Easy Loans Today,Debt-Traps Tomorrow!
Posted on: 27 Apr 2011
The people of Kerala have not forgotten the suicide of Rajani S Anand, the poor engineering student who jumped to death from a building after a bank refused her an educational loan. In her footsteps another parent attempted suicide - again for an educational loan. Both events exploded a dam of public resentment against banks. And political parties and their feeder student organizations cashed the sentiments to the hilt.
Bank officials were cowed down by the aggressive protests and they became lenient.
The results are there to see… According to State Lead Bank Council (SLBC), One fifth of the 1.6 million-plus educational
loans disbursed all over India has gone to Kerala students.
The banks have provided loan of - 56 billion to them during the
period between 2004 and '09 in Kerala. When the last installments of the sanctioned loans are disbursed, that would cross -100 billion. Each year the banks provide at least another - 15 billions fresh loans.
Is the education loan provided by banks, which is considered to be a boon by the aspiring students in Kerala turning out be a bane in future? The statistics suggests so.
The loan scheme was started to help bright but financially backward students. The students need to repay the loan only after a moratorium period of one year of completing their studies. The moratorium period is going to end for many of the early beneficiaries, but majority have not began to repay.
Majority of the loans are being provided to nursing students studying in private nursing colleges in other states. The nurses working in private hospitals won't get more than - 6000 per month. Engineering students fare no better – few years ago when Reliance Communications laid optical fiber across the state the job was done for by electronics and communication engineering for less than -. 8000/- per month. A student who took loan of - 4 lakh has to repay - 8000 to 10, 000 per month. That means a person's salary won't cover his loan repayment EMI.
Most of the indebted students have no got good jobs - how could they repay the loans? The government and political parties have not even paid attention to the matter. As the beneficiaries are becoming defaulters, banks have began proceedings to confiscate the assets. We have seen what happens when the banks got tough with farmers for defaulting agricultural loans. It let loose a wave of copycat suicides. Will there be a replay when banks get tough with students? In the coming years, Kerala is going to feel the heat of the issue.
The Real Beneficiaries
The scheme dreamed up to help financially weak but brilliant students is only helping the private sector education businessmen and their middle men. With easy loans available, higher education became a piece of cake for most students. Only problem was the availability of enough educational institutions to the meet the demand of hundreds of thousands of aspiring students.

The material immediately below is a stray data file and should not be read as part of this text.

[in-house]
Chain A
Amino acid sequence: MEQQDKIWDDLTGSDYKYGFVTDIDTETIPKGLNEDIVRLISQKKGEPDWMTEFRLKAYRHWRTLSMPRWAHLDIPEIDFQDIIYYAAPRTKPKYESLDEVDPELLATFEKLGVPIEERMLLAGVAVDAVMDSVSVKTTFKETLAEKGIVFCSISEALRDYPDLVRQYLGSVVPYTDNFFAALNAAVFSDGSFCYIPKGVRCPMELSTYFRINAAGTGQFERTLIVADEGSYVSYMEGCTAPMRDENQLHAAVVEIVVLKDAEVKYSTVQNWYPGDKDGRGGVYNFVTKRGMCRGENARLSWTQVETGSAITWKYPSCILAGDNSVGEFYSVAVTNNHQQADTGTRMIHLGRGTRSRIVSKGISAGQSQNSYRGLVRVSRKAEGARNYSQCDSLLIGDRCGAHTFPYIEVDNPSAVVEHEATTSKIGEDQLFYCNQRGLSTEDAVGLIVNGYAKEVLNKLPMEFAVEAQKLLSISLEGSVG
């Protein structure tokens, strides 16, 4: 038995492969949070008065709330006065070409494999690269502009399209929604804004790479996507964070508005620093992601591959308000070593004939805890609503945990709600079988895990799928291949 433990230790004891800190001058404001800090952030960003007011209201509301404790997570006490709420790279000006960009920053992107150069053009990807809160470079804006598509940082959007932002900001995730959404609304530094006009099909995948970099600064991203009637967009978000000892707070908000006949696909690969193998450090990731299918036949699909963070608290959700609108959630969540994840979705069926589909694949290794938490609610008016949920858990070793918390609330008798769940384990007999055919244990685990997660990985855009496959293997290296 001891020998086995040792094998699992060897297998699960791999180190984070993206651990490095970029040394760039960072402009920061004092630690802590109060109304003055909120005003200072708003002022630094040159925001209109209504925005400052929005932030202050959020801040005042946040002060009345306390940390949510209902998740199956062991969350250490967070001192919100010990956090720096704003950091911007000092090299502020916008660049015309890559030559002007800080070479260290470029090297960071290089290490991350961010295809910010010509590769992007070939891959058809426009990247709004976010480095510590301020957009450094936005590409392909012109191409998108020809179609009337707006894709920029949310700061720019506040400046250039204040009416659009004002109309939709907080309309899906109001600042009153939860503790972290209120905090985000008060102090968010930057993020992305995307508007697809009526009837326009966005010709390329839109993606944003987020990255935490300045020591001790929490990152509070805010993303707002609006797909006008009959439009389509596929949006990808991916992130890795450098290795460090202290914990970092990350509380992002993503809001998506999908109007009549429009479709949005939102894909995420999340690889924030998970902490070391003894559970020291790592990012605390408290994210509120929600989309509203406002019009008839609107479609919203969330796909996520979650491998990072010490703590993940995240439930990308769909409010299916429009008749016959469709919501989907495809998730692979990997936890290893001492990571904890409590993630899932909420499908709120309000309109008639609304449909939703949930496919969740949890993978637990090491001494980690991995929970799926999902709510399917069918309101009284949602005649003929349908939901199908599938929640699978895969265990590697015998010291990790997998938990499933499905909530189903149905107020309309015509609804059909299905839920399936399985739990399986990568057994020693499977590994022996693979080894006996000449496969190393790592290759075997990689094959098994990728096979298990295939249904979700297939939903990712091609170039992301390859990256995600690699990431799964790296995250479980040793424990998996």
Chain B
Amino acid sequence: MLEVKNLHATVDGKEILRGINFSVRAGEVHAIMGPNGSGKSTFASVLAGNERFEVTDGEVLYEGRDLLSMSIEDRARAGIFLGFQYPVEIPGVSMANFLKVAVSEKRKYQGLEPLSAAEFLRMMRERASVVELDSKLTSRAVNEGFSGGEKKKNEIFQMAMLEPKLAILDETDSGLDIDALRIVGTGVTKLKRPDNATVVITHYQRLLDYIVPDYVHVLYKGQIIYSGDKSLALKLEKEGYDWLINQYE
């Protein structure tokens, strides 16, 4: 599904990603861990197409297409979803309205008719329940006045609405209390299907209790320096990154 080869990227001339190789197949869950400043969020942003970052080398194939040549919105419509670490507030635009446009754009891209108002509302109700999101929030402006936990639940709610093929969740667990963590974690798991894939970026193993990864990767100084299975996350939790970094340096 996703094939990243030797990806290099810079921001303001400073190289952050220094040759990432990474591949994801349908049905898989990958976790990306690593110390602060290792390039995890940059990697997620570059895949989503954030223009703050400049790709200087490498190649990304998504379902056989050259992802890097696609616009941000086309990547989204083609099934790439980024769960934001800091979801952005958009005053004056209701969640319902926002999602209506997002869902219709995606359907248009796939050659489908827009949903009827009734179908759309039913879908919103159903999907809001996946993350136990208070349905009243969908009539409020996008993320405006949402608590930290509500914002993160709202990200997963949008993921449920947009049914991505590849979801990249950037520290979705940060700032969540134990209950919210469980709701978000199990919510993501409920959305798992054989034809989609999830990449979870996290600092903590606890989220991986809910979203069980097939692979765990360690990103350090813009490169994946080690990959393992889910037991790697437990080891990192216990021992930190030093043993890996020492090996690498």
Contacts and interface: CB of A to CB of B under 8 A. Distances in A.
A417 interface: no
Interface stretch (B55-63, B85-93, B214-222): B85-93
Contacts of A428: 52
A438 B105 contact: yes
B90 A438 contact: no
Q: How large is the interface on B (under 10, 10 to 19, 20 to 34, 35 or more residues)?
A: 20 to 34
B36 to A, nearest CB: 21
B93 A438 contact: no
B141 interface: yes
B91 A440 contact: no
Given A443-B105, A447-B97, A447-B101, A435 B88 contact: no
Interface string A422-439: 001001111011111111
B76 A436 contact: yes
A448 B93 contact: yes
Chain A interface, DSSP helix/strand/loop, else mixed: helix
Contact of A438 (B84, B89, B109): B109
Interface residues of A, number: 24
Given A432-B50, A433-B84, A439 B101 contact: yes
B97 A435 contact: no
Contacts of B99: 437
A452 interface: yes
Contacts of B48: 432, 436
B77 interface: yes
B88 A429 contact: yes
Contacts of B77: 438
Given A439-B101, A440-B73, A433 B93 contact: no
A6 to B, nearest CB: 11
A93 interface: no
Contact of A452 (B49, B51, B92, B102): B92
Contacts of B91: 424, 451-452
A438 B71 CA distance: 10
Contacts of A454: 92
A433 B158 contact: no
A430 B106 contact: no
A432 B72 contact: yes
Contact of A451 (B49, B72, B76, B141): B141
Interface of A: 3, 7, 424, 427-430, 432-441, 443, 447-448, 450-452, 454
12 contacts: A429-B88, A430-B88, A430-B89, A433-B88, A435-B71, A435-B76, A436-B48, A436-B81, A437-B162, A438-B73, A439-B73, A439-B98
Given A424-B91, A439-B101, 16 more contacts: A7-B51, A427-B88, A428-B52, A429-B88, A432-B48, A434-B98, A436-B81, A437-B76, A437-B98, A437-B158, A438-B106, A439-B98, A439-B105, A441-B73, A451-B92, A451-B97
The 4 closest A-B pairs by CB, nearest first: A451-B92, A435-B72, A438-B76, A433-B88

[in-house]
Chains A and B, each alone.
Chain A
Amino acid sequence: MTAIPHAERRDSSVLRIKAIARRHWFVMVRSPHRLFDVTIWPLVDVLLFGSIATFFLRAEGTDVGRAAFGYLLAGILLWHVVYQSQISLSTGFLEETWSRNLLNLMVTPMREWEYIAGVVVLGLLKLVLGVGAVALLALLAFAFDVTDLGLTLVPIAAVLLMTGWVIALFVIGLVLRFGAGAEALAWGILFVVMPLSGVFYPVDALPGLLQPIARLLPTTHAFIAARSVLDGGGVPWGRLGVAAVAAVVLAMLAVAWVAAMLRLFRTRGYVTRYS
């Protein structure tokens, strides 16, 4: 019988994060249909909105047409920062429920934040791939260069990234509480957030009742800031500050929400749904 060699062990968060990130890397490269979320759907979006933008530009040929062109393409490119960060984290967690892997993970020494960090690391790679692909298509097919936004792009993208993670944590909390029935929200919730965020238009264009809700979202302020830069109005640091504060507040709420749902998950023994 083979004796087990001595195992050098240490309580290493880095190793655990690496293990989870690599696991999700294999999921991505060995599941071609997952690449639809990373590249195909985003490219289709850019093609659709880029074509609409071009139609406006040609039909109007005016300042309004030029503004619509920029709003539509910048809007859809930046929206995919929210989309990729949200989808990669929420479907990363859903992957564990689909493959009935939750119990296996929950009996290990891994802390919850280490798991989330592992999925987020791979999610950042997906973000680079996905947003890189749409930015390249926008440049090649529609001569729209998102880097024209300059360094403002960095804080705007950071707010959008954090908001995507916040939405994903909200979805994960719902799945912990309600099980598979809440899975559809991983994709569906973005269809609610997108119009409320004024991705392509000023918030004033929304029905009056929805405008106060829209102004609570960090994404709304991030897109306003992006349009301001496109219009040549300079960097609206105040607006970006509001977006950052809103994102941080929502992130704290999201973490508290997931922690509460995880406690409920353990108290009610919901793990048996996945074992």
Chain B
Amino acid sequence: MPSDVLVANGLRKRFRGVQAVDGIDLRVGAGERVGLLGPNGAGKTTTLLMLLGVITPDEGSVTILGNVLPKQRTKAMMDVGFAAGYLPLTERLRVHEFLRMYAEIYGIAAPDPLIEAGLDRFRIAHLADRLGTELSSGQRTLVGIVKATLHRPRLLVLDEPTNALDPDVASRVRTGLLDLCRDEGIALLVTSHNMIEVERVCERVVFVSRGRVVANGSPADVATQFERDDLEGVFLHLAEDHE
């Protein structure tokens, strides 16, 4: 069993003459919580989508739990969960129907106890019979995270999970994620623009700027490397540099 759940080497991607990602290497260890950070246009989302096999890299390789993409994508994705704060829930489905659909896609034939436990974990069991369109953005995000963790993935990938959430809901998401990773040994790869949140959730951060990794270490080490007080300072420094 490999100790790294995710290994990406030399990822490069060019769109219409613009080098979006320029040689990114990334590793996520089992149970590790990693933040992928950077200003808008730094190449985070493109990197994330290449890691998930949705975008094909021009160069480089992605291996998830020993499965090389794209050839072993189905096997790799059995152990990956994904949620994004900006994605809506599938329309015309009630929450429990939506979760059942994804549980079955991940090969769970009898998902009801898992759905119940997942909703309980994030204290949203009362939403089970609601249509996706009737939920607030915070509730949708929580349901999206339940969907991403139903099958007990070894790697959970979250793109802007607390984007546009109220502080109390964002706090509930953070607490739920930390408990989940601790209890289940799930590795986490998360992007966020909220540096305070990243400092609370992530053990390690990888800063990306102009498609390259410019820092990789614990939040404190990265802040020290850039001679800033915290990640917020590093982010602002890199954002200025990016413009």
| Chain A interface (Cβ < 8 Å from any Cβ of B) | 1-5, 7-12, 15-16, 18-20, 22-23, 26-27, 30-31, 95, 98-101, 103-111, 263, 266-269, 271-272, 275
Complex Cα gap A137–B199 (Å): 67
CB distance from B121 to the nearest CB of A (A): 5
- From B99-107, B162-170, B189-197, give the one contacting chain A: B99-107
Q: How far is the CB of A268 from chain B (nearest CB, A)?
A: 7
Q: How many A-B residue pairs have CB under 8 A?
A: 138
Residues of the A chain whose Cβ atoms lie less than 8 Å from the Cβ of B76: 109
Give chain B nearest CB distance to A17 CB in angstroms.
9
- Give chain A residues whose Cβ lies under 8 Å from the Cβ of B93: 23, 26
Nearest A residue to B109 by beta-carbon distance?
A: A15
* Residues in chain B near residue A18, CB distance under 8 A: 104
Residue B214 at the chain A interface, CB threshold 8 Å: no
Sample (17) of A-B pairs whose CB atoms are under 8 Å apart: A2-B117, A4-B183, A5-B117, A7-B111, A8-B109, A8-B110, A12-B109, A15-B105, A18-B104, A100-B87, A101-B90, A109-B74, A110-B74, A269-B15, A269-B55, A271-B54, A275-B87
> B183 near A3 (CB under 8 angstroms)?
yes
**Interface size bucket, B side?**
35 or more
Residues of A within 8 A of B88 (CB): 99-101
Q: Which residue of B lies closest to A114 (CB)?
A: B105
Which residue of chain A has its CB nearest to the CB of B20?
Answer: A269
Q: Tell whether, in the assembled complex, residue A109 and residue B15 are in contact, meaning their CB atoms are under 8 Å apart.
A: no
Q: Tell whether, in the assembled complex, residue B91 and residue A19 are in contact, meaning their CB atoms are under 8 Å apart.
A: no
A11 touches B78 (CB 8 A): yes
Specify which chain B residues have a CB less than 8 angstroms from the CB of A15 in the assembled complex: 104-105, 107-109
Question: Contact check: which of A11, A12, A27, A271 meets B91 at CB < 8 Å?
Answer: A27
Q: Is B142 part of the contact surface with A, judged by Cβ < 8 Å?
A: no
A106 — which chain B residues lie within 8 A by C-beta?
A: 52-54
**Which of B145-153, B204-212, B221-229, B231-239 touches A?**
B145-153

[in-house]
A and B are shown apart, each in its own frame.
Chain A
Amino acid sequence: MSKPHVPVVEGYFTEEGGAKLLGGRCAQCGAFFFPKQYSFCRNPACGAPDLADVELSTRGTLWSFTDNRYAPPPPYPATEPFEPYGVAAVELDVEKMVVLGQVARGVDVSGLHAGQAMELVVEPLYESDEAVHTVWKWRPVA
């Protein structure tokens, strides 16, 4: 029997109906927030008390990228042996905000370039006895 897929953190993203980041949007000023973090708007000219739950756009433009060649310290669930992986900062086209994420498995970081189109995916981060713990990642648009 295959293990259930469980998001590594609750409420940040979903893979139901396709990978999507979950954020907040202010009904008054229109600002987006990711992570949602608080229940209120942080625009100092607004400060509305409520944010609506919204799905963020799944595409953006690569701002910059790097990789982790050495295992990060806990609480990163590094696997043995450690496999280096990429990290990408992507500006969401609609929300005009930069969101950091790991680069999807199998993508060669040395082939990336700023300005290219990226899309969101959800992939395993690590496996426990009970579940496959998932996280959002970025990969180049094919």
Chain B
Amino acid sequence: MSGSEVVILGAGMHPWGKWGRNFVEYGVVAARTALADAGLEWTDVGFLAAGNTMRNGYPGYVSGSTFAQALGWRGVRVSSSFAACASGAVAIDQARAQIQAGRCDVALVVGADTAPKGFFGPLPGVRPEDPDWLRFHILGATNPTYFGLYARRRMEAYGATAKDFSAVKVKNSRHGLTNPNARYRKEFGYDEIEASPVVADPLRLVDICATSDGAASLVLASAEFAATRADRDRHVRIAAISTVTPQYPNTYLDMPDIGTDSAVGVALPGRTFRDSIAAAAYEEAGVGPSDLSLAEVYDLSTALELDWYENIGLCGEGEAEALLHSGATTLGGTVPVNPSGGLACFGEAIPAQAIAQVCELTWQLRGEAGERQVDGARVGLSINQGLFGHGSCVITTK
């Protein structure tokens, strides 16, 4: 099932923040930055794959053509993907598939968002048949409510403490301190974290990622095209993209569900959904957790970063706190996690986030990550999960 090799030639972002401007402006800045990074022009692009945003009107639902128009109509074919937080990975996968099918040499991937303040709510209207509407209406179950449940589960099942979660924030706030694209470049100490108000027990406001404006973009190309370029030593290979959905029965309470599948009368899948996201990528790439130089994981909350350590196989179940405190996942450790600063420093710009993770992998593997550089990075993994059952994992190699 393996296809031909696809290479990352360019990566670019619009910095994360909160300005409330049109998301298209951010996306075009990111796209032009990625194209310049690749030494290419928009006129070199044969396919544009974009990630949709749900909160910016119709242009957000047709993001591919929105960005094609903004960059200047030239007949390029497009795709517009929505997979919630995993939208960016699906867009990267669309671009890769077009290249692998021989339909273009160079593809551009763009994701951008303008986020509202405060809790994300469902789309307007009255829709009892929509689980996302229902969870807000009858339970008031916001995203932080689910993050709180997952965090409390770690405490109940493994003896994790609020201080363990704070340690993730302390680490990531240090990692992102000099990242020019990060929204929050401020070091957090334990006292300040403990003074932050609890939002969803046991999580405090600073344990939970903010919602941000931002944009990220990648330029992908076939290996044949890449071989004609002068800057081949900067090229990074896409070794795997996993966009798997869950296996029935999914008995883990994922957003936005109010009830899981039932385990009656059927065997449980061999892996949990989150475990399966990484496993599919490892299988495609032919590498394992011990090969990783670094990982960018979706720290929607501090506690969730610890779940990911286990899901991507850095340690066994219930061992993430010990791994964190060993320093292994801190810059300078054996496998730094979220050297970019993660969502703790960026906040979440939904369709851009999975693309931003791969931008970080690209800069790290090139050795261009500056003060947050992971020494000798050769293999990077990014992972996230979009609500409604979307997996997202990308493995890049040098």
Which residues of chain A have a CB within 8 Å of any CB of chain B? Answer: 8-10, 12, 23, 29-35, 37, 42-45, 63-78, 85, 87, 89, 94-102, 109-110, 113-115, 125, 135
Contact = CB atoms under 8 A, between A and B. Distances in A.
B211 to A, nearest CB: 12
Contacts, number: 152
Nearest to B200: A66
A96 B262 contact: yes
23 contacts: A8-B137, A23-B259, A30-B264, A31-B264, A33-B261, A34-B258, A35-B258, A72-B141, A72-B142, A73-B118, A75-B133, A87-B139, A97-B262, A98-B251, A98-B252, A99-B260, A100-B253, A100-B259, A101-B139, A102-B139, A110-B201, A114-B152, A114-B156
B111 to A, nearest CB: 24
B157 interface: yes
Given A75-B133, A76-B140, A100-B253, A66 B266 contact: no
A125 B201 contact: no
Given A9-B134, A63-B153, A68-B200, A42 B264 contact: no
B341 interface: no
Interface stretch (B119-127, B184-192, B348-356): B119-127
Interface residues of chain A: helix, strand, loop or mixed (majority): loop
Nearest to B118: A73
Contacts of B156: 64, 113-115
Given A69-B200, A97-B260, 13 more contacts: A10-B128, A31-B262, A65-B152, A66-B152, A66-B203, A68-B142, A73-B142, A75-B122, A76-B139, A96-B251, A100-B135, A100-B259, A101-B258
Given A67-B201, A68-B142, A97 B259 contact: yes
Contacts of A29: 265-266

In a welfare state, education is one of the primary responsibilities of the government. But in India the state is shirking off this responsibility, not in a sudden, dramatic manner –but in meticulously planned slow and steady manner. Different governments systematically reduced their investment in education and turned open the field for private players. This unleashed a professional education mania. Individuals or organizations with little or dubious experience in education jumped into the field of education business.
With a provisional affiliation from some university they manage to establish a college with ramshackle infrastructure and incompetent faculty. They are the number one beneficiary of the loan scheme- they and their commission agents. They fleece the students and their parents first by demanding exorbitant capitation fees (you don't get any receipt for thisa fee and it is in fact black money): at the current rates the illegal capitation fees range from: -. 1-10 lakh for the engineering courses; -. 20-40 lakh for MBBS courses; -. 5-12 lakh for dental courses; and about -. 30,000-50,000 for courses in arts and science colleges, depending on the demand. As for the tuition fees, the university regulations are vague here and the fly-by-night tutorial business man fix it as per whims and fancies.
It is these people and not the targeted social group who benefit from the existing educational loan regime. The quality of the education and training they provide to provincial Malayalee students is mediocre at best and abysmal at worst. You can imagine their employability and worth in the labour market. They are supposed to pay back - 8,000 to 20,000 per month as loan EMIs, how would they accomplish this? That is a big question mark Kerala is facing now.